That in itself was not a bad thing. Monsters usually had high base statistics, all manner of special abilities, and some even had a limited form of spellcasting in their own right. Dragons were a prominent example of the latter, but the more advanced angels could use divine-type magic as well.
However, in Hitomi's case, she was a Gazer. Gazers possessed spell-like abilities, but they were not proper spellcasters. Their racial levels did not contribute to normal spellcasting, unlike those of some other races.
The problem was that as mentioned earlier, Gazer special abilities lost a lot of their effectiveness at the higher levels of play. That made developing a Gazer character less than ideal, because they would rarely be able to pull their weight and handle challenges on their level.
For most players, actual power was immaterial. They just wanted to feel that they were being useful to their group. But Hitomi played solo for the most part, and part of her enjoyment derived from being strong enough to stand by herself.
Hitomi's solution came from her intense dedication to her character concept. Said devotion led to a rare class known as the Beholder Mage.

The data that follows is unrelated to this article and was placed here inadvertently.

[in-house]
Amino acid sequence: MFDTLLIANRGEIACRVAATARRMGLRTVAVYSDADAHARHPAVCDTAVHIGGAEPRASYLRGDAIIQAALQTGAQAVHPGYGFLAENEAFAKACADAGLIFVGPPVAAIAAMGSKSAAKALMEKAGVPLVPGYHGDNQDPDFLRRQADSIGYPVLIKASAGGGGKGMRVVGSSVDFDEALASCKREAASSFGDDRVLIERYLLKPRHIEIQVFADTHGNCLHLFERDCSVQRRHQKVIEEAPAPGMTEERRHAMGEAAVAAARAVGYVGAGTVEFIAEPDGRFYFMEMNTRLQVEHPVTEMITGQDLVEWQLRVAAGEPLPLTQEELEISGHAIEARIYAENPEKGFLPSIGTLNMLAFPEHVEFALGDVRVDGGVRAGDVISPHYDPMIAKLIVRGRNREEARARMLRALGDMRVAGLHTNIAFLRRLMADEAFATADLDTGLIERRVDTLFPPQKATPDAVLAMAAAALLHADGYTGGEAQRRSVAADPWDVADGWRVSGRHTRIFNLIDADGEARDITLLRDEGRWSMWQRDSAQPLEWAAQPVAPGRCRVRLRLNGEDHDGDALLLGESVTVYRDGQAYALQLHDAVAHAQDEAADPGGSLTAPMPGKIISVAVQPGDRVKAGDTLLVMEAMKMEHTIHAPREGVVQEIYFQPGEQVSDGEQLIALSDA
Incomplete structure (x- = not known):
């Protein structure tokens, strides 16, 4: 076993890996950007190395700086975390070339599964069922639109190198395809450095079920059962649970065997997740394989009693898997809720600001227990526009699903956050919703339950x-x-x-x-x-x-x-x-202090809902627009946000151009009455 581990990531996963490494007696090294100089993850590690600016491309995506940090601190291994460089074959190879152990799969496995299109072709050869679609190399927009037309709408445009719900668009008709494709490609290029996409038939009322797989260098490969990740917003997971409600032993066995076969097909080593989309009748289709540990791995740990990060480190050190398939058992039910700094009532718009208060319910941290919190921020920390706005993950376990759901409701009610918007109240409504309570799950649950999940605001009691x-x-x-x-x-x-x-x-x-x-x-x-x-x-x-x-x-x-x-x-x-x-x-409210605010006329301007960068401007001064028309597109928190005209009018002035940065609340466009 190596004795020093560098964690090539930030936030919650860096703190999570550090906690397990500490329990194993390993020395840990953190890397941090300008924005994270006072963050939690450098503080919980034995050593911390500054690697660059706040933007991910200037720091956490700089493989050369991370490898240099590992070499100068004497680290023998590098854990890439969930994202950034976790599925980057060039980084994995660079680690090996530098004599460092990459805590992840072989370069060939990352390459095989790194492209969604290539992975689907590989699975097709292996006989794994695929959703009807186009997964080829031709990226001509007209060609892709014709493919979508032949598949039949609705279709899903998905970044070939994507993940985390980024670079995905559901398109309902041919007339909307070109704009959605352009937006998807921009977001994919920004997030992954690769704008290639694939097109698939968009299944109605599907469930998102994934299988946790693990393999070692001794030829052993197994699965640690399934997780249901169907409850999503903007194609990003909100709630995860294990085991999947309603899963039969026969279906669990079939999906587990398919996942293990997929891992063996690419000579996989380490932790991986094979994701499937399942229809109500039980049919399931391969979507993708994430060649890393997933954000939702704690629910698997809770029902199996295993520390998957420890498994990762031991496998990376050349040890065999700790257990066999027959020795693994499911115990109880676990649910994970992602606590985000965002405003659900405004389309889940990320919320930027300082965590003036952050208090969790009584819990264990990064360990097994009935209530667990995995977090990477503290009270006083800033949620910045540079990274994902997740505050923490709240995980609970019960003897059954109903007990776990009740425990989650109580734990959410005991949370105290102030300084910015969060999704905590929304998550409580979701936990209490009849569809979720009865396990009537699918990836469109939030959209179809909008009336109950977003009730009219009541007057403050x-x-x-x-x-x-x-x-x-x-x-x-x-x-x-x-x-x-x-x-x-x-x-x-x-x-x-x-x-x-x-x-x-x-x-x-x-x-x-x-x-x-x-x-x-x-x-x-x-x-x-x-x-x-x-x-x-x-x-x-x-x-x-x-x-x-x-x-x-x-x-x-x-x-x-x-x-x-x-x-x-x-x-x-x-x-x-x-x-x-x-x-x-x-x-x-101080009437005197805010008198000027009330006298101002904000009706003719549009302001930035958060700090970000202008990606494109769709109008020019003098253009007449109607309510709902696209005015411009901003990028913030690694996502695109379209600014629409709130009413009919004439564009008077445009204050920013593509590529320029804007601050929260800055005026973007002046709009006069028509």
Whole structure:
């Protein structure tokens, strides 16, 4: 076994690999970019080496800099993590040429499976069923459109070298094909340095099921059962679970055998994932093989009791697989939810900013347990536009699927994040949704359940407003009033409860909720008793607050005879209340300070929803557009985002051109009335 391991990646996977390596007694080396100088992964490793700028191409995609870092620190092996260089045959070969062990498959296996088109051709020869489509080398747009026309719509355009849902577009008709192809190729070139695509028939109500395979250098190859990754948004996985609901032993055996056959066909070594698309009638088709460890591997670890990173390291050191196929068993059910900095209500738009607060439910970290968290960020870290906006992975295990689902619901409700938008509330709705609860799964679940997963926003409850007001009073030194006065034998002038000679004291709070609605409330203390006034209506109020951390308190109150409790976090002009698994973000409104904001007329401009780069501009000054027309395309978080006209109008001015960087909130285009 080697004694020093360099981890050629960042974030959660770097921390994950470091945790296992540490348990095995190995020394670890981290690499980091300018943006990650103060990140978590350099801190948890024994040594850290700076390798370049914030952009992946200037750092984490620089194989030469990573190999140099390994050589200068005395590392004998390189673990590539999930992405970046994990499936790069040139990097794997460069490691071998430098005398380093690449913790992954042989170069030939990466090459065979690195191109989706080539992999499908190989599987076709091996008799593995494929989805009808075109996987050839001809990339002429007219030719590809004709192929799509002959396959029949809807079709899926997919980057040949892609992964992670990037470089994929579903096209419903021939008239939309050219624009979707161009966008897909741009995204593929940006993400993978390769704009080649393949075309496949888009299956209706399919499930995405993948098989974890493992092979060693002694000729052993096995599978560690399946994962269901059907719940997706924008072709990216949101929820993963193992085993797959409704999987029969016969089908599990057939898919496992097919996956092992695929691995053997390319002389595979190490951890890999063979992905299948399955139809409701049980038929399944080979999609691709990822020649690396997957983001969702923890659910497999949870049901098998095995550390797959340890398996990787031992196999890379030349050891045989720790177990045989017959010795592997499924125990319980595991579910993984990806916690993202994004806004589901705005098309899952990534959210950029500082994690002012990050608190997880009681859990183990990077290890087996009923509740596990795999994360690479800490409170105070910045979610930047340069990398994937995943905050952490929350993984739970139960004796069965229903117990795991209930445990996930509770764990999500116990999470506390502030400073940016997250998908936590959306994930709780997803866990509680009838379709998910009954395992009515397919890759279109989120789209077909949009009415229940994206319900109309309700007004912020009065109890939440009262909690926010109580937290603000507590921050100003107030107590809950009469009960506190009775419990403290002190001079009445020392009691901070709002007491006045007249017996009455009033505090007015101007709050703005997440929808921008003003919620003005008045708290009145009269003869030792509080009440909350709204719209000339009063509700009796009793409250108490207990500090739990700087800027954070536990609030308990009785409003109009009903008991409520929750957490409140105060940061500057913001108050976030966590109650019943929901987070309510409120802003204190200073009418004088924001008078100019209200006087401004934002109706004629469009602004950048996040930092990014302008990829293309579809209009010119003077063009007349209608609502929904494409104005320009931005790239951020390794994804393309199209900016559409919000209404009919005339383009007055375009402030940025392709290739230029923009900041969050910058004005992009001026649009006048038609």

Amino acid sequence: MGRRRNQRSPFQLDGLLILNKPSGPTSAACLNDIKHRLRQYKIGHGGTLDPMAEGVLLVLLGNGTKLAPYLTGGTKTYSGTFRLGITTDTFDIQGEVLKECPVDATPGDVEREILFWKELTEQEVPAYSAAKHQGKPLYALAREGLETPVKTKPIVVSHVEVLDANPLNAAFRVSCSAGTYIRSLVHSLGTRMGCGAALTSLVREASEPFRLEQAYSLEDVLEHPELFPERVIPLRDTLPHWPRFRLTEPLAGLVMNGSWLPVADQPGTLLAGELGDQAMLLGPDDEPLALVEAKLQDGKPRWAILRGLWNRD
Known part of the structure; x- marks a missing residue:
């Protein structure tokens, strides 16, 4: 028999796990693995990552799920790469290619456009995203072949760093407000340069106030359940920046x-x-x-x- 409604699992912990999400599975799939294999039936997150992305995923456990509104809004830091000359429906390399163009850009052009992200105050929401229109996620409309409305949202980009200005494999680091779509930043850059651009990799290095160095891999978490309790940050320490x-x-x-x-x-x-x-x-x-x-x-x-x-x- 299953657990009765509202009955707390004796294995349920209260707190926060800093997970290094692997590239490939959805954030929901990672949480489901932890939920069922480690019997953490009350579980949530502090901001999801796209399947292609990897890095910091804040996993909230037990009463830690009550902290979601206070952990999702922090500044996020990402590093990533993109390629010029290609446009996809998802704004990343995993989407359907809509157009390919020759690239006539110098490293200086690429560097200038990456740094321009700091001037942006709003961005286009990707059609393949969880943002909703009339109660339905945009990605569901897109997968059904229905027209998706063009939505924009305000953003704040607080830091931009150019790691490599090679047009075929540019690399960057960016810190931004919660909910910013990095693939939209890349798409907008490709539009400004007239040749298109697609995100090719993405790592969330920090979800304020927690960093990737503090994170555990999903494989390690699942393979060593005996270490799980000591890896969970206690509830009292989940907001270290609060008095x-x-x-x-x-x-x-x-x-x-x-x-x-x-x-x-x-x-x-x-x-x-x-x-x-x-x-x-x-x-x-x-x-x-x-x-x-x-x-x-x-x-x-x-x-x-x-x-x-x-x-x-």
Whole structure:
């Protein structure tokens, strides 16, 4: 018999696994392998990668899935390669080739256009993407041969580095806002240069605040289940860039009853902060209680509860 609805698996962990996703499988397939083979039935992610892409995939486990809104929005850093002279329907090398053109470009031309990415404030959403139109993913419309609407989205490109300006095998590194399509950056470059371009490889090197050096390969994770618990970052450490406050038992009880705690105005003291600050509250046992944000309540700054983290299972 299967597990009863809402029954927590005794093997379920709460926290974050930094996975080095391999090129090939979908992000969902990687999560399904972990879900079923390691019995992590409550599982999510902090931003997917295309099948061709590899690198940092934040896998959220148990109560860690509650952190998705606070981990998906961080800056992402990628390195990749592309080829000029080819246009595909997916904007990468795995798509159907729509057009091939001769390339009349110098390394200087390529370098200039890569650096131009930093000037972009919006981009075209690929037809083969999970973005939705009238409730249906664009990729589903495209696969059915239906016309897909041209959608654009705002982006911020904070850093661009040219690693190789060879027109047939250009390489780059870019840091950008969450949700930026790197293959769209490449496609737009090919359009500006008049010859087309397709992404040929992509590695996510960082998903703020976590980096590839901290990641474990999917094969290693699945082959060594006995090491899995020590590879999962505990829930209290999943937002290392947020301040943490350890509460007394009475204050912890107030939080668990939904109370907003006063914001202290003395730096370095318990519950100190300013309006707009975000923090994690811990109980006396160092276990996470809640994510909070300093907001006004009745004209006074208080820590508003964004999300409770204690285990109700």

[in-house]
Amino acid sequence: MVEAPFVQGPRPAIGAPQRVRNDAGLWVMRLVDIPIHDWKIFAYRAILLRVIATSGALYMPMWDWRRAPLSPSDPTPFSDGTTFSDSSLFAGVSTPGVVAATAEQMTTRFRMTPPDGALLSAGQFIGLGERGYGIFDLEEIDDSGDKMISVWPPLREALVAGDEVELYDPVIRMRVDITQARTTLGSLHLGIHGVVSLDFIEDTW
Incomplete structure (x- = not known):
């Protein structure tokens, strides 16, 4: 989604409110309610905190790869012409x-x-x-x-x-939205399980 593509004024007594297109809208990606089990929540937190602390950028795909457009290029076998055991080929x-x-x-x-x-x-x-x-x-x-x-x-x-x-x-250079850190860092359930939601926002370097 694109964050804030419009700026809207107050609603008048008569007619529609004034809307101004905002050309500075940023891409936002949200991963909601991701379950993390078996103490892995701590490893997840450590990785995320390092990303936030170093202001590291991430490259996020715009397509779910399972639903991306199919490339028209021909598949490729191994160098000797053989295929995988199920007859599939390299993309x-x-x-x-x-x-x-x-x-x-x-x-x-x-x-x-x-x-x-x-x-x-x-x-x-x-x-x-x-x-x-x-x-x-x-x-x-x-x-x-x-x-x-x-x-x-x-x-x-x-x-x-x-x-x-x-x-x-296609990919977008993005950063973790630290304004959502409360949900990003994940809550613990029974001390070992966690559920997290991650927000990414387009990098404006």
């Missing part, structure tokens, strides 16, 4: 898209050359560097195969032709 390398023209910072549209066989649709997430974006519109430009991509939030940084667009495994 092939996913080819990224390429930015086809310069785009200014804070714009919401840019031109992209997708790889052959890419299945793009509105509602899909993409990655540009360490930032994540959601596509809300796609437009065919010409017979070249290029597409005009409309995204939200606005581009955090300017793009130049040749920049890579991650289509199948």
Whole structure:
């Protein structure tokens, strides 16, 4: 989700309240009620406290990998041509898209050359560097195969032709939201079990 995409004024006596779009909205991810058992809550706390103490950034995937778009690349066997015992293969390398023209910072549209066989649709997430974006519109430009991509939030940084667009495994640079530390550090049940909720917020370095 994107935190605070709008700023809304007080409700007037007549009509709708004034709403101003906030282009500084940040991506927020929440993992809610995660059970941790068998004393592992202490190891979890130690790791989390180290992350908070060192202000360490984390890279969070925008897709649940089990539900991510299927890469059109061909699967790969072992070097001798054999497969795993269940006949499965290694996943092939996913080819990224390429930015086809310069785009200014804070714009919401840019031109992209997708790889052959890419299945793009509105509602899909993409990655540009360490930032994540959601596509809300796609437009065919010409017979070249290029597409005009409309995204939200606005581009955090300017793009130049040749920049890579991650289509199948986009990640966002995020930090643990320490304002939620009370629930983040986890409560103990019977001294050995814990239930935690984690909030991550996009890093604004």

The class was rare because in order to attain it, one would have to fully progress themselves as a Gazer -- a heteromorphic race which was very difficult to play and develop under normal circumstances -- and then promptly throw away everything they had gained to become something else entirely. It was like a soccer player winning the national championships and then declaring that he would become a world-class player by chopping his legs off.
However, in this case, it was worth it. The problem was just finding out that it was even possible in the first place, and actually following through with a seemingly foolhardy decision in a game where accurate information was at a premium.
According to their backstory, Beholder Mages were those Gazers who ritually sealed off the magical properties of their central eyes and their ray-firing eyestalks. In exchange for this ruinous sacrifice -- it essentially meant sacrificing everything it meant to be a Gazer -- they gained tremendous arcane power.